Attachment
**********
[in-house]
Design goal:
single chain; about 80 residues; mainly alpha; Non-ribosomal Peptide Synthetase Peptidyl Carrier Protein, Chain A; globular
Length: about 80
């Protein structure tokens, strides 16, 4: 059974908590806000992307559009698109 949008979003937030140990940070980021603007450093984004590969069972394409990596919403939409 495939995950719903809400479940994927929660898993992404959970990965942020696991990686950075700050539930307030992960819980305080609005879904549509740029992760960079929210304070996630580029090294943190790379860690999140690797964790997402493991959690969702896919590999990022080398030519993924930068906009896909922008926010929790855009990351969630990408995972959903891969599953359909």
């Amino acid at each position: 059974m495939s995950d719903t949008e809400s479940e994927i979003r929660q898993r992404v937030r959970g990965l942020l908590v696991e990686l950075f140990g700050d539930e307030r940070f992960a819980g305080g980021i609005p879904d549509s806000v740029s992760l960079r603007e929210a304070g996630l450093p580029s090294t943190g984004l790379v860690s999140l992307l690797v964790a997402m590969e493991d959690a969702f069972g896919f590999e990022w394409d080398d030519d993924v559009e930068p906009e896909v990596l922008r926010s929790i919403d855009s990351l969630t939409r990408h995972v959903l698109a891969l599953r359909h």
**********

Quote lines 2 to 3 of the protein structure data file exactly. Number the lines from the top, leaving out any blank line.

Design goal:
single chain; about 80 residues; mainly alpha; Non-ribosomal Peptide Synthetase Peptidyl Carrier Protein, Chain A; globular